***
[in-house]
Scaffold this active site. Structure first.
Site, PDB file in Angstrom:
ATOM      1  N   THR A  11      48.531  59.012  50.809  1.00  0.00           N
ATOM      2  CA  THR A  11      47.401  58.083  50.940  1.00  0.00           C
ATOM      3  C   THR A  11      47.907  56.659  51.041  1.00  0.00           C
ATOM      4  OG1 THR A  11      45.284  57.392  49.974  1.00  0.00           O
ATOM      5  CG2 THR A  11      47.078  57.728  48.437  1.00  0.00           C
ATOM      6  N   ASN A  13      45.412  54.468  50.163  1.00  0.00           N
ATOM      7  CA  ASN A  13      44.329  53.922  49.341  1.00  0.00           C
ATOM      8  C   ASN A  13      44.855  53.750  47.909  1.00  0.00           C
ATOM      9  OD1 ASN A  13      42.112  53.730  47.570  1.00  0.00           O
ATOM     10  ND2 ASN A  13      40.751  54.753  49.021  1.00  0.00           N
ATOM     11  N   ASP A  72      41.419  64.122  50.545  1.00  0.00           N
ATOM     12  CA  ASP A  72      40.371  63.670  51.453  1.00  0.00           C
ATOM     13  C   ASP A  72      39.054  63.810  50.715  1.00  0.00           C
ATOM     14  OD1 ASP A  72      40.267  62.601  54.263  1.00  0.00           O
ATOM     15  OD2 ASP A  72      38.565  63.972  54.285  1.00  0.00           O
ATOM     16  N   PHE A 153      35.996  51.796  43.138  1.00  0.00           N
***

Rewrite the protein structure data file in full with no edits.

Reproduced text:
[in-house]
Scaffold this active site. Structure first.
Site, PDB file in Angstrom:
ATOM      1  N   THR A  11      48.531  59.012  50.809  1.00  0.00           N
ATOM      2  CA  THR A  11      47.401  58.083  50.940  1.00  0.00           C
ATOM      3  C   THR A  11      47.907  56.659  51.041  1.00  0.00           C
ATOM      4  OG1 THR A  11      45.284  57.392  49.974  1.00  0.00           O
ATOM      5  CG2 THR A  11      47.078  57.728  48.437  1.00  0.00           C
ATOM      6  N   ASN A  13      45.412  54.468  50.163  1.00  0.00           N
ATOM      7  CA  ASN A  13      44.329  53.922  49.341  1.00  0.00           C
ATOM      8  C   ASN A  13      44.855  53.750  47.909  1.00  0.00           C
ATOM      9  OD1 ASN A  13      42.112  53.730  47.570  1.00  0.00           O
ATOM     10  ND2 ASN A  13      40.751  54.753  49.021  1.00  0.00           N
ATOM     11  N   ASP A  72      41.419  64.122  50.545  1.00  0.00           N
ATOM     12  CA  ASP A  72      40.371  63.670  51.453  1.00  0.00           C
ATOM     13  C   ASP A  72      39.054  63.810  50.715  1.00  0.00           C
ATOM     14  OD1 ASP A  72      40.267  62.601  54.263  1.00  0.00           O
ATOM     15  OD2 ASP A  72      38.565  63.972  54.285  1.00  0.00           O
ATOM     16  N   PHE A 153      35.996  51.796  43.138  1.00  0.00           N